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Socialist Appeal, October 1936, Volume 2 No. 9, Page 12-13
Transcribed, Edited and Formatted by Damon Maxwell and David Walters in 2008 for the Encyclopedia of Trotskyism On-Line.

Secession in Pennsylvania and Connecticut An Editorial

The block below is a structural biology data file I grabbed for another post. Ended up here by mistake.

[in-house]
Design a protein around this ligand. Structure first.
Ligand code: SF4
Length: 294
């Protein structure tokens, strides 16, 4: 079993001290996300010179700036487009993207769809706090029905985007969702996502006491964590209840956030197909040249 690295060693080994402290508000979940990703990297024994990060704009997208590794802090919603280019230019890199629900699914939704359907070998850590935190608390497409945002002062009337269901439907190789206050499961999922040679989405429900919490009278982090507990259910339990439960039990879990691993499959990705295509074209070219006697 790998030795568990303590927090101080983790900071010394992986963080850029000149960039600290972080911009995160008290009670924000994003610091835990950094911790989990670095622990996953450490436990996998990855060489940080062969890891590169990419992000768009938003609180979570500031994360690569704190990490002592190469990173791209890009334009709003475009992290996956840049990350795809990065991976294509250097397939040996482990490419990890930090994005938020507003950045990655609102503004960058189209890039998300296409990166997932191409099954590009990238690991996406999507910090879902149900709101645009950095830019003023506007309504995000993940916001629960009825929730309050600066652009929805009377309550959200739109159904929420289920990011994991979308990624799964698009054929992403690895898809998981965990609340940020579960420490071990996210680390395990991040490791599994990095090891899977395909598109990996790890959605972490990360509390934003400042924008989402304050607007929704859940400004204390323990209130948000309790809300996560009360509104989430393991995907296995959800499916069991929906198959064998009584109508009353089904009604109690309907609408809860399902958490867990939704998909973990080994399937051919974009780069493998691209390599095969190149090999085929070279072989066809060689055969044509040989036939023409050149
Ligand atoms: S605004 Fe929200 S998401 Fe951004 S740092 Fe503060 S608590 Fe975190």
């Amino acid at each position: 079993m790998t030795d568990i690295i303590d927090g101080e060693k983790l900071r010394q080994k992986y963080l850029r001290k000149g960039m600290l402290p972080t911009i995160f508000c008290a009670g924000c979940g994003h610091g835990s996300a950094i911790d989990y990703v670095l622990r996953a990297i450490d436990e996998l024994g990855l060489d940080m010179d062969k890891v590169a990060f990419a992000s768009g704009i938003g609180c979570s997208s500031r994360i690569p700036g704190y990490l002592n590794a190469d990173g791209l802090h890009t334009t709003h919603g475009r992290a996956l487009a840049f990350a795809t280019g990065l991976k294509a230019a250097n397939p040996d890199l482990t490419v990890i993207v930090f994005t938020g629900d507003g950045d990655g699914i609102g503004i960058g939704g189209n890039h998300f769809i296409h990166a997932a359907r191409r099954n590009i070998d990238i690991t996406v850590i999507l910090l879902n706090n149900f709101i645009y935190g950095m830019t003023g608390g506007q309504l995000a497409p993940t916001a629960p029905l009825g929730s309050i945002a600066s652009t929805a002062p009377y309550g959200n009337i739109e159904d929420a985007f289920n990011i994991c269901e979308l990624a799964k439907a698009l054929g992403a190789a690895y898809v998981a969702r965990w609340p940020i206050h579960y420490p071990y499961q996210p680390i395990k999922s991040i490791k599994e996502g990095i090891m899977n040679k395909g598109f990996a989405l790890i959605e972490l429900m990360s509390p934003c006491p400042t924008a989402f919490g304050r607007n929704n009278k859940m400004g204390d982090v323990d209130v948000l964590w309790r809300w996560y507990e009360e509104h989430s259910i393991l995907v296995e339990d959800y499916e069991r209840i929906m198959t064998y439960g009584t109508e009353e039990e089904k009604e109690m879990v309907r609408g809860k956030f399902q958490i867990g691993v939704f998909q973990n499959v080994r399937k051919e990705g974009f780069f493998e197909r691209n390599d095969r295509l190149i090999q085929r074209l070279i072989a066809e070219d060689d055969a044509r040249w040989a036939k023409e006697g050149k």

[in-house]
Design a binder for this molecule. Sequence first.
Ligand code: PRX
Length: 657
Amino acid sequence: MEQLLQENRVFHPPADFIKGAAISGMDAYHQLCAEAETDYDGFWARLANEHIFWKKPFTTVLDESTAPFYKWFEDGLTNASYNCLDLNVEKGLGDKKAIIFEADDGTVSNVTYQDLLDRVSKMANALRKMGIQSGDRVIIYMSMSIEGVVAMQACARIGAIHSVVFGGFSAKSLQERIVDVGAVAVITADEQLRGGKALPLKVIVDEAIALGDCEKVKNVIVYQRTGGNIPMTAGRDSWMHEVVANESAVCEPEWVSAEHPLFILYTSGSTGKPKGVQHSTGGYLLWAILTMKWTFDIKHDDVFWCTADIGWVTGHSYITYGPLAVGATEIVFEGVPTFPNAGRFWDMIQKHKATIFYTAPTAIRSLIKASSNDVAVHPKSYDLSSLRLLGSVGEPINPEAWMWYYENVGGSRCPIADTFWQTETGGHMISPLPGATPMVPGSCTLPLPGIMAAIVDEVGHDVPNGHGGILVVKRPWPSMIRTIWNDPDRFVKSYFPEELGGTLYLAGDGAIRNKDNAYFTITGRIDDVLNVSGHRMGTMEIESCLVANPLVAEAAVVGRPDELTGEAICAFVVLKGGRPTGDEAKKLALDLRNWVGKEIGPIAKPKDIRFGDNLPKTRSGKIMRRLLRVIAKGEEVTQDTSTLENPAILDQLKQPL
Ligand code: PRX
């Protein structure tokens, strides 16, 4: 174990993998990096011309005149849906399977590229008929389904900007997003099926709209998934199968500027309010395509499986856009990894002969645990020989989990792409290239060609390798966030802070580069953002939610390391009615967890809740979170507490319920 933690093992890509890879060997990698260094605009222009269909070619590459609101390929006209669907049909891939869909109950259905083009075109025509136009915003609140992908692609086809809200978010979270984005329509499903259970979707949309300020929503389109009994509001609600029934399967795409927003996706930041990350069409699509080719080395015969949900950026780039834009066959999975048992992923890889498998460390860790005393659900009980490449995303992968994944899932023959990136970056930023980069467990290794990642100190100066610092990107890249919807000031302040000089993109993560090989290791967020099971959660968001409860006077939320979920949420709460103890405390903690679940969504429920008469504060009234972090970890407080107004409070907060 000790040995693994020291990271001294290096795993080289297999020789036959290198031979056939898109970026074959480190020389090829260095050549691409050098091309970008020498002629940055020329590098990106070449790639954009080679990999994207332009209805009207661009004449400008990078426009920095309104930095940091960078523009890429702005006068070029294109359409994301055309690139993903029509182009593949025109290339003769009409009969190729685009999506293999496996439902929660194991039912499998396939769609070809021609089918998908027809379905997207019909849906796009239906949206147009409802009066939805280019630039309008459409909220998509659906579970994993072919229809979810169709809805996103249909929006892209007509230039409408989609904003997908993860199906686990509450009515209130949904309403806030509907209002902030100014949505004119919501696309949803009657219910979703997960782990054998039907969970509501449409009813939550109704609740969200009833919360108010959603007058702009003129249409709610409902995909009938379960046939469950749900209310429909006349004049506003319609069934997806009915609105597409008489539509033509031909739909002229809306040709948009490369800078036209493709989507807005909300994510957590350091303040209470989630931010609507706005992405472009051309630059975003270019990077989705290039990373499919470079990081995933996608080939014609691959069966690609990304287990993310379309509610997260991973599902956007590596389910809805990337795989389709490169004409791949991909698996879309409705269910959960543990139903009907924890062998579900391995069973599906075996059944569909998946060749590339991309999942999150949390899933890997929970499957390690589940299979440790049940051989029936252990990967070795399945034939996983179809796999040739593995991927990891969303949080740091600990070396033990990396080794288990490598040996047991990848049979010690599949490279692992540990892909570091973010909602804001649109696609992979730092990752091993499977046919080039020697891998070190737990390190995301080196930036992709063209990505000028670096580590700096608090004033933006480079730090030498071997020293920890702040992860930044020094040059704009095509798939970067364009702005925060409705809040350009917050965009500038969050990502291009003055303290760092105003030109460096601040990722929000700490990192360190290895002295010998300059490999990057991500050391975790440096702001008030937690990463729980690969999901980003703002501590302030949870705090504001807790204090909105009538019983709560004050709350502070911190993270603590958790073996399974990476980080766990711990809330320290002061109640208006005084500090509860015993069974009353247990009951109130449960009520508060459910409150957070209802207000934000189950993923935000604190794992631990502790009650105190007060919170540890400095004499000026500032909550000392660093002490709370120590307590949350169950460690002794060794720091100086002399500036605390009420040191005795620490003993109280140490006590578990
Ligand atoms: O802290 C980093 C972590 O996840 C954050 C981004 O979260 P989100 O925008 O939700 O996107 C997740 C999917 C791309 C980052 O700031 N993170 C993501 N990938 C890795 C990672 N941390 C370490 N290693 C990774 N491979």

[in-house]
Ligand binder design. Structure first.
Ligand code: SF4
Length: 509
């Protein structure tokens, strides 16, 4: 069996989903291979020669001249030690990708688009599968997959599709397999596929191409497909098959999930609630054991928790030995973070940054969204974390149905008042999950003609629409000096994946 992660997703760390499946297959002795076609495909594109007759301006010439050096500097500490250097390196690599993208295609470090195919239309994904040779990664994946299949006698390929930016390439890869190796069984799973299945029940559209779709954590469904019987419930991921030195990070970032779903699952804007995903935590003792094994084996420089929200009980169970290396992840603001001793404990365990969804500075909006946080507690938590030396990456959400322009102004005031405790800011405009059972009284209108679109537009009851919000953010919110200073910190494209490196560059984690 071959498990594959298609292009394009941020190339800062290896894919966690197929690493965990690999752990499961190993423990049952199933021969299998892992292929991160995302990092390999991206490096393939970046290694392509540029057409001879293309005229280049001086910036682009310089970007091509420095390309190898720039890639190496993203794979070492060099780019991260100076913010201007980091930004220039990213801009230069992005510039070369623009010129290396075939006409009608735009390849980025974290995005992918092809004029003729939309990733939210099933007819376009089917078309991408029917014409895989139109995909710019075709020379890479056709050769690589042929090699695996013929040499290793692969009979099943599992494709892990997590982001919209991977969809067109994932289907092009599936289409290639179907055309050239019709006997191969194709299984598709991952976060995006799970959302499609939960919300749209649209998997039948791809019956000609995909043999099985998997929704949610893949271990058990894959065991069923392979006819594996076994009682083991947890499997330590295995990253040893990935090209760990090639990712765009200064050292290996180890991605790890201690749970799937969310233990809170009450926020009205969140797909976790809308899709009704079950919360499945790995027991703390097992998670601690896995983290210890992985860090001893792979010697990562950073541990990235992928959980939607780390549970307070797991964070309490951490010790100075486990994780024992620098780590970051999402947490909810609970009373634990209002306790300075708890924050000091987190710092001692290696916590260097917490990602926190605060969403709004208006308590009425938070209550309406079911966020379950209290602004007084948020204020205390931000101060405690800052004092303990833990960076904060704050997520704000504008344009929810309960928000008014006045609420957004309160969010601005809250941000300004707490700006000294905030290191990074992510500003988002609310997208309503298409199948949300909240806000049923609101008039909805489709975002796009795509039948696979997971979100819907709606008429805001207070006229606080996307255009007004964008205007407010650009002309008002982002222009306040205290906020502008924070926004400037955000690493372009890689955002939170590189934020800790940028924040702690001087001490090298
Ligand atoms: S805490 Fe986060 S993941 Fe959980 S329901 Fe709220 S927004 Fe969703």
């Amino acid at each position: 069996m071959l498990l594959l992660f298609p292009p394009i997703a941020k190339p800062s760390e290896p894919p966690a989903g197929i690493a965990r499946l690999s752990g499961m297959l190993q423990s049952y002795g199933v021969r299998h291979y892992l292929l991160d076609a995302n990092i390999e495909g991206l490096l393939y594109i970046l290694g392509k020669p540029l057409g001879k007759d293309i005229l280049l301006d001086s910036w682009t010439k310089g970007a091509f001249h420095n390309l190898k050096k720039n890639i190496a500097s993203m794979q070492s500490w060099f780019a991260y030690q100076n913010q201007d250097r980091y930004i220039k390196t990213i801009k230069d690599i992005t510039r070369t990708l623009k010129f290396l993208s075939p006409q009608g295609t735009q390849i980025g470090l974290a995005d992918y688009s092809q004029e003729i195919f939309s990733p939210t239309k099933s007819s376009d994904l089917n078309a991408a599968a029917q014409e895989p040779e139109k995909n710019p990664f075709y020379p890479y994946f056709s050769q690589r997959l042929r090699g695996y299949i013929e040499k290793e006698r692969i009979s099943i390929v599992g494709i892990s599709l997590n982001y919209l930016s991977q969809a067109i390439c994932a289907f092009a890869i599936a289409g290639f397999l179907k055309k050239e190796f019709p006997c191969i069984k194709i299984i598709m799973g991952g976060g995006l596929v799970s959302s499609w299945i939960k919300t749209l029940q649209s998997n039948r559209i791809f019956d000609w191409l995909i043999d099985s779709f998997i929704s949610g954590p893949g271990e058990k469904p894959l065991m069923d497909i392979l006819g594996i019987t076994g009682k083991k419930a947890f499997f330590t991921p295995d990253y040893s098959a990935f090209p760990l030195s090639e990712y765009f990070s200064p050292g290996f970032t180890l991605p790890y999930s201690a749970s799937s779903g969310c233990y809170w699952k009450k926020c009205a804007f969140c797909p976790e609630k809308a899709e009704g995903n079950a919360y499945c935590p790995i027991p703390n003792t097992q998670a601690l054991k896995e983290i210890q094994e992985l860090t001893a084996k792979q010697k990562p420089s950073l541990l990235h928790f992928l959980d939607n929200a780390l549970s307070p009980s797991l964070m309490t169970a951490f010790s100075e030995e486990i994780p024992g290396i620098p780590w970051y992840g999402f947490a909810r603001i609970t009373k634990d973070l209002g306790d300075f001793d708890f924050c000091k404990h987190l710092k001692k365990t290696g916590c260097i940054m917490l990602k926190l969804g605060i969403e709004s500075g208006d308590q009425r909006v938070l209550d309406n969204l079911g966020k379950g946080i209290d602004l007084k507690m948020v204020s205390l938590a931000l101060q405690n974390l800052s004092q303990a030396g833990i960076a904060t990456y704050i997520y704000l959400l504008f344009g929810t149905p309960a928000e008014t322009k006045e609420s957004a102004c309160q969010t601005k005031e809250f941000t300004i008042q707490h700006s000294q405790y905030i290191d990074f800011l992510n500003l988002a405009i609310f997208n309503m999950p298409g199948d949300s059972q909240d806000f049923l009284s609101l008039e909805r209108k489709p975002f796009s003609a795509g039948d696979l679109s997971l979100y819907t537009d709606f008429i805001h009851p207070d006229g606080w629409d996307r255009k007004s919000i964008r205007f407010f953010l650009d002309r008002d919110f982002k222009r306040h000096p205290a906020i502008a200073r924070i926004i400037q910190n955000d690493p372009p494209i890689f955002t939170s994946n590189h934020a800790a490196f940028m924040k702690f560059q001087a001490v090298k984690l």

AT THE Cleveland Convention, the Militant majority, having settled accounts, after its own fashion with the New York Old Guard, called a halt in mid-stream. In a vain and desperate attempt to check the power of the prevailing political winds and currents, it tossed over the sails and rudder of political principle. With such a trimming of the party ship, it proceeded to—“maneuver.” A reformist election platform, concession and compromise on organization policy, watering down of the trade union resolution, shelving of the united front resolution, places on the N.E.C., all of these and more were undertaken. For what purpose? To consummate a deal with Hoopes and Hoan and McLevy. But this deal, alas, from the first was not worth the paper and the words that sealed it. It was like a contract to deliver the moon, contradicting the laws of politics no less than the latter would contradict the law of gravitation.